It’s a natural, routine part of life: people get tired. Their eyelids flutter and sleep beckons. An end to a busy day nears.
This natural, normal event can be an extremely dangerous one if it happens while a person is driving, however. Drowsy drivers cause car and truck accidents every day from Massachusetts to Monterey, California — and everywhere in between.
The widow of a police officer killed when a truck driver suspected of drowsy driving slammed into the police cruiser says she can still hear her three sons — ages 16, 13 and 8 — calling out for their father when they were told of his death.
“The pain we experienced is beyond description and continues to be,” she said.
Experts say there is no easy fix to the drowsy driving problem. There is no reliable way of determining if a person was drowsy when a crash occurred.
In cases of suspected drunk driving, officers can test the blood alcohol content. In cases of suspected drowsy driving, there are no similar tests.
The most dangerous drowsy drivers are behind the wheels of big rigs. That’s why there are laws prohibiting truck drivers from driving more than 11 hours in a day and mandating a rest period of at least 10 hours between those shifts.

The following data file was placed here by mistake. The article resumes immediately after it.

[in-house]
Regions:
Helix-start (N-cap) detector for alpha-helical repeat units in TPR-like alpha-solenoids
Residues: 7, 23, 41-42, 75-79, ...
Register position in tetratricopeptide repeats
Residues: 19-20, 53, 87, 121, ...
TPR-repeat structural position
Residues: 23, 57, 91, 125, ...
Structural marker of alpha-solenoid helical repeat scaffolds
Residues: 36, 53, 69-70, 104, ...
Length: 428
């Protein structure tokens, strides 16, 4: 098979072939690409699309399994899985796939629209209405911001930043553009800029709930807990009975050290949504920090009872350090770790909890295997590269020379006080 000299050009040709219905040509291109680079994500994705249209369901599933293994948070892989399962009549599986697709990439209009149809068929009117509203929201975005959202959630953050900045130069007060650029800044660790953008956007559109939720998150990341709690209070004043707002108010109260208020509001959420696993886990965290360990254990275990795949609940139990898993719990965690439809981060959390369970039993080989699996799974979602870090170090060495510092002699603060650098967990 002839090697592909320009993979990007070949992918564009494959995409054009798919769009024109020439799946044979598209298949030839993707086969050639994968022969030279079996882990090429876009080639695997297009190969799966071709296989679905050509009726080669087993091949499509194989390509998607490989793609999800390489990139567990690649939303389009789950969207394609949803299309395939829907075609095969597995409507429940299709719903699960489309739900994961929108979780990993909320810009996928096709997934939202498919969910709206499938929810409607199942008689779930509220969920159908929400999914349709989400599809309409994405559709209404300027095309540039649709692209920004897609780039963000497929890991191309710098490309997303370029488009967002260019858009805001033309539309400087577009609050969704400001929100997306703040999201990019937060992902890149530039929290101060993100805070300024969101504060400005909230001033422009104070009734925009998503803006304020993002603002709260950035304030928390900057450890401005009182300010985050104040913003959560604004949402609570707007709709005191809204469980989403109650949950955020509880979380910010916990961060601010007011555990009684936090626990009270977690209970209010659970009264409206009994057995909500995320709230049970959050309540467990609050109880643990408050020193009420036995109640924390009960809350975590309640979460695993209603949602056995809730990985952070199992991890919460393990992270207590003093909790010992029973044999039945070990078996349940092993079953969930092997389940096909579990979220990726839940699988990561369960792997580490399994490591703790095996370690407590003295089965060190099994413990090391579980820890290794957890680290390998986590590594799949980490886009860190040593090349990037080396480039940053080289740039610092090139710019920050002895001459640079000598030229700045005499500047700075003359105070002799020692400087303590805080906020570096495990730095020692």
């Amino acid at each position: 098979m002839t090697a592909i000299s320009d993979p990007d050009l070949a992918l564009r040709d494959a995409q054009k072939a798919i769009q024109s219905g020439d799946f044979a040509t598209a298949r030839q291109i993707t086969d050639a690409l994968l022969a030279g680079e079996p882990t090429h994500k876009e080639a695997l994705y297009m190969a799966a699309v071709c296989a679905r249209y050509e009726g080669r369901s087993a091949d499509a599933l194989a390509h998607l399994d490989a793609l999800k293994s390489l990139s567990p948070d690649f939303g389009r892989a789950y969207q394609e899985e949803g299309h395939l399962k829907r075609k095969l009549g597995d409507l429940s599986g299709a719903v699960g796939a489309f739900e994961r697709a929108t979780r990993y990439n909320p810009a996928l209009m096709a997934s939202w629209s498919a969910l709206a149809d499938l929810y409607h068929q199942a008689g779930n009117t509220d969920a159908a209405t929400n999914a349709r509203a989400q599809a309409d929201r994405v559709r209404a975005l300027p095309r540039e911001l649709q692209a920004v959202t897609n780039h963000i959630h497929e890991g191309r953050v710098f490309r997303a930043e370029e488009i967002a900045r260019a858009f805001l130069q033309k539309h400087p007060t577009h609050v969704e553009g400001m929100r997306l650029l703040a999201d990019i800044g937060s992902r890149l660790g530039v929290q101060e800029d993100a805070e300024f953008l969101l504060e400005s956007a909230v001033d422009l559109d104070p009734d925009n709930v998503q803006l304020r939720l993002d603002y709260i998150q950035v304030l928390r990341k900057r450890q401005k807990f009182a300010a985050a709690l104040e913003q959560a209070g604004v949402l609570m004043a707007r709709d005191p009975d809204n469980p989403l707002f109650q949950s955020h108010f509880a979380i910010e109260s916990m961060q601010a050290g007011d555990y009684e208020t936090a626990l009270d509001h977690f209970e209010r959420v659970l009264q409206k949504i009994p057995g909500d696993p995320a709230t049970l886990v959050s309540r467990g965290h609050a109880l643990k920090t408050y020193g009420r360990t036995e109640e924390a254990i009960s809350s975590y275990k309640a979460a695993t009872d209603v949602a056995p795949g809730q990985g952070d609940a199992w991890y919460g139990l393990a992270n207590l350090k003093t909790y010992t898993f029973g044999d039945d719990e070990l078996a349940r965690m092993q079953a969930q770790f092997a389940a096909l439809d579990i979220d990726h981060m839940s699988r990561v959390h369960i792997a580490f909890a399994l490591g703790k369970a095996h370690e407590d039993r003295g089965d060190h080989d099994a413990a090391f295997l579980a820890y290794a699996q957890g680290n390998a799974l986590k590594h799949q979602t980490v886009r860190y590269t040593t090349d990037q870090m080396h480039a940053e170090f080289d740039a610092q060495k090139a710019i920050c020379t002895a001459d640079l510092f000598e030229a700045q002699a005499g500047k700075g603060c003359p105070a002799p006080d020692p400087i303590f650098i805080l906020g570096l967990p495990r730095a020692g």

Unfortunately, not all truck drivers — or drivers of tour buses — obey those laws.
In the case of the policeman, a prosecutor ultimately decided to drop negligent homicide charges because of the anticipated difficulty in convincing a jury that drowsy driving can affect reflexes and judgement as much as drunk driving.
The trucker eventually agreed to a misdemeanor reckless driving charge. He paid a $500 fine.
In these kinds of cases, the criminal justice system is unable to deliver justice. However, families can pursue another level of justice with civil litigation that punishes the person responsible for the needless harm to their loved one.
Source: Fox, “Is drowsy driving worse than drunk driving?”, May 13, 2013